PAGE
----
Finally, we inspected each features’ correlations to one another.
First with the initial features.
As well as the correlations with the states.
BUILDING BASE MODELS
We chose both to run an OLS regression using the Statsmodels library as well as a linear regression with the Scikit-Learn library, wanting to compare the performance between the two.
From our Statsmodels’ OLS we got an R-squared value of approximately 80%, which is the percent variance explained by our model.
We observed that our data was slightly negatively skewed at -0.285 and leptokurtic at 5.619, the latter meaning that we had some outlier data points, or occasional values exceeding (in terms of standard deviations from the mean) what was predicted by the normal distribution. None of these were extreme enough for us to further tweak our algorithm at this point.
From this model, we also observed that our SNAP data, as well as the categorical variables we created for AZ, CO, CT, FL, GA, ME, MA, MS, RI, TX, UT all have p-values > 0.05, meaning that there is no statistically significant relationship between these variables and our target variable (life expectancy).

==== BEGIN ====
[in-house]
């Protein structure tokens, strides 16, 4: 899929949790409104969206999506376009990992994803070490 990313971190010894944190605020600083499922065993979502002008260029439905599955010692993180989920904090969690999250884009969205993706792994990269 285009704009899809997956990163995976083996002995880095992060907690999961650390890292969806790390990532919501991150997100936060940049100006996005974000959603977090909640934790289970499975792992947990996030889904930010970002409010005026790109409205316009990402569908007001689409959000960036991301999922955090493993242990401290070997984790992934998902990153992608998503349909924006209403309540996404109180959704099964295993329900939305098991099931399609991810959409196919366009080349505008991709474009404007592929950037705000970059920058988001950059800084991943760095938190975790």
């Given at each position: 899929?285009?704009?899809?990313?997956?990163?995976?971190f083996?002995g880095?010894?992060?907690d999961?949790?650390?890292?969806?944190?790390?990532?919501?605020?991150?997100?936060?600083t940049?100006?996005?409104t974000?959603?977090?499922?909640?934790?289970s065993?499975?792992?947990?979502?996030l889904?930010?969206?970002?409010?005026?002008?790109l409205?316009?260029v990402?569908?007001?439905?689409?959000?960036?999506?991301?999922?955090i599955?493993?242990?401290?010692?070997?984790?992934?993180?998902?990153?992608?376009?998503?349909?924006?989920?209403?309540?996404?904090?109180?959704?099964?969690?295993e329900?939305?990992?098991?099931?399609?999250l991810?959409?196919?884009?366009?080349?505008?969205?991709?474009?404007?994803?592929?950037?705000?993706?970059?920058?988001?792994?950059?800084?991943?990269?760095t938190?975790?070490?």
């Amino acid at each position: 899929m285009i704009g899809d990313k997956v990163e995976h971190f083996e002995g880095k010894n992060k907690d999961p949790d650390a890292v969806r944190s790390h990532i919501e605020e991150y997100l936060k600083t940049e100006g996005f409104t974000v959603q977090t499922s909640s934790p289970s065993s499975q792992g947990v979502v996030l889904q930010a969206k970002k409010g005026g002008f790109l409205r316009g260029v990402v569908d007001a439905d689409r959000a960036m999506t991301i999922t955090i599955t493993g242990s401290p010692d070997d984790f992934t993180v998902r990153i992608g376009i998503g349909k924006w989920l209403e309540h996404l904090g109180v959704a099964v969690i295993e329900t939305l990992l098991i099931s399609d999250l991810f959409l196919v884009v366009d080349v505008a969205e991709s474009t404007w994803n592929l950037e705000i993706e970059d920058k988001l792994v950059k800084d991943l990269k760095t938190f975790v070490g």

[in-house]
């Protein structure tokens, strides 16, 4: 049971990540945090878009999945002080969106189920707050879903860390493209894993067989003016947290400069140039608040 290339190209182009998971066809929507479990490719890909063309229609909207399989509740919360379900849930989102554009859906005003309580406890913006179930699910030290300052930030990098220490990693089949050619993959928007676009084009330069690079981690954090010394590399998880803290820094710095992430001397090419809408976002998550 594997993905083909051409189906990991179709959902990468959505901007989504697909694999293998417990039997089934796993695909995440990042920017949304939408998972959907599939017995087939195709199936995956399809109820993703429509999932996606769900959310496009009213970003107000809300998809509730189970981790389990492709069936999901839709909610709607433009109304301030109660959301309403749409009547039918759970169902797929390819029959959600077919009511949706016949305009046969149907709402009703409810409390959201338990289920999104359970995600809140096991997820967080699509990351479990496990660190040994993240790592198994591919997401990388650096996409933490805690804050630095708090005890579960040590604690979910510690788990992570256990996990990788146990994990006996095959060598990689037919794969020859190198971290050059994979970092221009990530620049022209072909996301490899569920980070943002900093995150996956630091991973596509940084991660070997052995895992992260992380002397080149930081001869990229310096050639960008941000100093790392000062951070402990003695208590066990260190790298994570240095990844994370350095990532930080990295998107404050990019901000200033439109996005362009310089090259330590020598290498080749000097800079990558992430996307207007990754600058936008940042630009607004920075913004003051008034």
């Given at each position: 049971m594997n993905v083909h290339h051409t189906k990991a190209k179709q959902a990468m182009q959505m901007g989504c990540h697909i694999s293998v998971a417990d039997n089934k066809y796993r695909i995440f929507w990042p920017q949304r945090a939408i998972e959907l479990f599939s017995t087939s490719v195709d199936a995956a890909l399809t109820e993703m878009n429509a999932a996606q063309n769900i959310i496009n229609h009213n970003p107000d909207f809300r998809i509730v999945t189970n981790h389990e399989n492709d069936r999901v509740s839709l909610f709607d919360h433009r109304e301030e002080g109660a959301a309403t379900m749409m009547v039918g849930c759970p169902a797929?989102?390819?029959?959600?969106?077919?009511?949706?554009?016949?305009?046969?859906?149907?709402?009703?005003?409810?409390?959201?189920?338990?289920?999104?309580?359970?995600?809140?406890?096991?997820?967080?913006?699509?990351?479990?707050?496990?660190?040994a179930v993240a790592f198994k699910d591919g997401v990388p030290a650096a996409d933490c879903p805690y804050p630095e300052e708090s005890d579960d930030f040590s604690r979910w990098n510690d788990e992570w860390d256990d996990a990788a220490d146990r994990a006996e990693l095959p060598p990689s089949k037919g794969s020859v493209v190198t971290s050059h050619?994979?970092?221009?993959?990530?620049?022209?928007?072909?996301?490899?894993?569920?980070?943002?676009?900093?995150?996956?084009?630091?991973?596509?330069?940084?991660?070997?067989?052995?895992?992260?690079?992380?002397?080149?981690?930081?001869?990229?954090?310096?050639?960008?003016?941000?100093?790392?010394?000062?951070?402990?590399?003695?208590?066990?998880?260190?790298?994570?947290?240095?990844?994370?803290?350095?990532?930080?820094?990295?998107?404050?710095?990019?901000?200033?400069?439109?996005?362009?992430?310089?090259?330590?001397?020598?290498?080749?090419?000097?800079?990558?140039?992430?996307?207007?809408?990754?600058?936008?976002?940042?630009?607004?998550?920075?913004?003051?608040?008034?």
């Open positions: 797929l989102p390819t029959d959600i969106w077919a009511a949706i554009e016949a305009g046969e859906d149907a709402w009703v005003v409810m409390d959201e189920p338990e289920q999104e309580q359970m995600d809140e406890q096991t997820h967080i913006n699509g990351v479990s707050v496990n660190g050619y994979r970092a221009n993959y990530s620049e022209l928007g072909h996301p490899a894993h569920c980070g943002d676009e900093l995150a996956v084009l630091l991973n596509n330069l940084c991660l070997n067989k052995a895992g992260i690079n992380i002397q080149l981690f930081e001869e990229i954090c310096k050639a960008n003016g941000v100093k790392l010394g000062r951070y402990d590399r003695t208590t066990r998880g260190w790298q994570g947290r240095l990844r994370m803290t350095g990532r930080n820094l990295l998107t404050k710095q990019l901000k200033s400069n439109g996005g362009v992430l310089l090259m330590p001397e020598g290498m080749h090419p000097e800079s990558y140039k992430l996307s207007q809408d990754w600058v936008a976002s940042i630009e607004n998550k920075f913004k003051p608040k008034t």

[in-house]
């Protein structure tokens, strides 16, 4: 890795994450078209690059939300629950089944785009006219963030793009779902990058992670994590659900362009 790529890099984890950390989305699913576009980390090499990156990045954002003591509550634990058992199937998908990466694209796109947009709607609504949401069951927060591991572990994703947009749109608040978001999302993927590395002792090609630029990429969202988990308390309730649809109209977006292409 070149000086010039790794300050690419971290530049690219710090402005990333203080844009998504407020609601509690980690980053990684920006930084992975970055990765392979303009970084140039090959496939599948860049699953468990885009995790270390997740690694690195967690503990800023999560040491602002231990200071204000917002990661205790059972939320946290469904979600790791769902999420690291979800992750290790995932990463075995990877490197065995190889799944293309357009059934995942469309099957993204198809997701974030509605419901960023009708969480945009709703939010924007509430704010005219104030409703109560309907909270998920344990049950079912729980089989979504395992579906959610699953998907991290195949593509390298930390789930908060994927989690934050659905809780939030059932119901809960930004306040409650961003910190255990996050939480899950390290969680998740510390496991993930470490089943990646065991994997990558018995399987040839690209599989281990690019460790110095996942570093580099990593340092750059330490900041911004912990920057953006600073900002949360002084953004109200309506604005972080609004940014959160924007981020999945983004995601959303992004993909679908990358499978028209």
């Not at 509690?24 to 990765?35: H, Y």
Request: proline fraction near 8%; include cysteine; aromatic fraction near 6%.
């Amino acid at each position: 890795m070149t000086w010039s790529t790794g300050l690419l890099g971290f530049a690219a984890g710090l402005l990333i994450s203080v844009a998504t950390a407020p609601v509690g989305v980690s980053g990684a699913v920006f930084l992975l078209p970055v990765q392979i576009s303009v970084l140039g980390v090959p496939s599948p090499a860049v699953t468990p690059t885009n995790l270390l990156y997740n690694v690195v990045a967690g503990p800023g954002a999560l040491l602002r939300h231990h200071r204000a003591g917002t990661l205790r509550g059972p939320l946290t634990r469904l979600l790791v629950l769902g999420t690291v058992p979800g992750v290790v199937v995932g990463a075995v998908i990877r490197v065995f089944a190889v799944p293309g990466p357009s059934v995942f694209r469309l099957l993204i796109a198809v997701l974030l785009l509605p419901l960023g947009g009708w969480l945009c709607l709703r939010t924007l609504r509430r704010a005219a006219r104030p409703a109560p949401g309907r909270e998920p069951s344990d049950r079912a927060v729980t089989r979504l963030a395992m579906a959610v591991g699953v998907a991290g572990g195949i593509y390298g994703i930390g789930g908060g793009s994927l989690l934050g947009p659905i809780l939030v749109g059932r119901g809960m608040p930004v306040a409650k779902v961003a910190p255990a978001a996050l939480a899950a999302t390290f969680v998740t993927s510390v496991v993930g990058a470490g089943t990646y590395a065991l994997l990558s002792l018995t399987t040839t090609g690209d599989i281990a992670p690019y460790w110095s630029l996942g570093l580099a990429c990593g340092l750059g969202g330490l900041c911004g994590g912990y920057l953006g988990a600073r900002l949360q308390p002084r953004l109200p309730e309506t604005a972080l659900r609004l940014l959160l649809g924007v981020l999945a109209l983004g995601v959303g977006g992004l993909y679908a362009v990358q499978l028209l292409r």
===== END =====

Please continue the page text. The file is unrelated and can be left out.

We visualized the model’s predictions versus the true y-values from our test dataset to evaluate how accurate our model is, and got a MSE of 0.17352770075852306 and RMSE of 0.4165665622184803.
After running a linear regression with sklearn, we got the same R-squared value (0.799) and found no predictive difference between the libraries.
FEATURE SELECTION & FURTHER ENGINEERING
After running the initial linear regression model (using Scikit-Learn), we did some feature selection and engineering, starting with the wrapper method to select the top features of our model. Then we used two filter methods
- Variance Threshold
- Univariate Feature Selection
Further Feature Engineering
Using polynomial terms to add features to the model we ended with 1,539 features. This model is raised the R-squared value, but decreased the adjusted R-squared value.
Using the "Least Absolute Shrinkage and Selection Operator" or LASSO to fit a model. LASSO is similar to Ordinary Least Squares although it performs both L1 regularization and selects features. We tried several alpha values (which is the constant that multiplies the L1 term) to optimize for the best R-squared value. An interesting note, if alpha is equal to 0, then the model is functionally a Ordinary Least Squares model, which was one of our better performing models.
This graphs shows the features LASSO kept and their corresponding weight in the model.
The initial linear regression using Sklearn is the best performing model with a R-squared value of .799 and a Test Mean Squared Error of .174.
We would like to add more features to increase the predictive power of our model (including Medicare, Educational Attainment, and Small Area Income), however we were not able to find data sets for either 2010 or for a county level in 2010. Also, we could further feature engineer by incorporating polynomial features into other regression models.